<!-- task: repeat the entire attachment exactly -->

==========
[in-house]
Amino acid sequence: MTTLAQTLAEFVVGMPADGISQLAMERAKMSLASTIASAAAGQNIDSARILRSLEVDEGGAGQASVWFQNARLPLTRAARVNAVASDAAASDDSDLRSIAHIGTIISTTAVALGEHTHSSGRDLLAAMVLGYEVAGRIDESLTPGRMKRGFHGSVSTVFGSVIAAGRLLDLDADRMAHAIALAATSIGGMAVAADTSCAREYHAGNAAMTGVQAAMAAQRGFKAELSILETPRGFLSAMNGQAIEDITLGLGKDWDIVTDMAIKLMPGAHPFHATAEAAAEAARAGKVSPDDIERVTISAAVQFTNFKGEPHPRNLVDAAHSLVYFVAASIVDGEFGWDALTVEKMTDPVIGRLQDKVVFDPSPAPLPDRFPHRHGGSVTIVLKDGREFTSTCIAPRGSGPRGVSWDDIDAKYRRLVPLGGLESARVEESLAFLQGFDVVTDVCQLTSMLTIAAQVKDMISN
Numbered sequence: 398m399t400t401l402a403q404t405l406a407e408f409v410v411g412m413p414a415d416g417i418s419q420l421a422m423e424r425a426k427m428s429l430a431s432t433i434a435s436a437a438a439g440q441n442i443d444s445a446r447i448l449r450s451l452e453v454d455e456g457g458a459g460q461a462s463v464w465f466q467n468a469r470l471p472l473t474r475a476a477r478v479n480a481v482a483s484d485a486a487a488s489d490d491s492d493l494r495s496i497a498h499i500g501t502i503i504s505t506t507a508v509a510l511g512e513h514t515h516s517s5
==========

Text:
[in-house]
Amino acid sequence: MTTLAQTLAEFVVGMPADGISQLAMERAKMSLASTIASAAAGQNIDSARILRSLEVDEGGAGQASVWFQNARLPLTRAARVNAVASDAAASDDSDLRSIAHIGTIISTTAVALGEHTHSSGRDLLAAMVLGYEVAGRIDESLTPGRMKRGFHGSVSTVFGSVIAAGRLLDLDADRMAHAIALAATSIGGMAVAADTSCAREYHAGNAAMTGVQAAMAAQRGFKAELSILETPRGFLSAMNGQAIEDITLGLGKDWDIVTDMAIKLMPGAHPFHATAEAAAEAARAGKVSPDDIERVTISAAVQFTNFKGEPHPRNLVDAAHSLVYFVAASIVDGEFGWDALTVEKMTDPVIGRLQDKVVFDPSPAPLPDRFPHRHGGSVTIVLKDGREFTSTCIAPRGSGPRGVSWDDIDAKYRRLVPLGGLESARVEESLAFLQGFDVVTDVCQLTSMLTIAAQVKDMISN
Numbered sequence: 398m399t400t401l402a403q404t405l406a407e408f409v410v411g412m413p414a415d416g417i418s419q420l421a422m423e424r425a426k427m428s429l430a431s432t433i434a435s436a437a438a439g440q441n442i443d444s445a446r447i448l449r450s451l452e453v454d455e456g457g458a459g460q461a462s463v464w465f466q467n468a469r470l471p472l473t474r475a476a477r478v479n480a481v482a483s484d485a486a487a488s489d490d491s492d493l494r495s496i497a498h499i500g501t502i503i504s505t506t507a508v509a510l511g512e513h514t515h516s517s5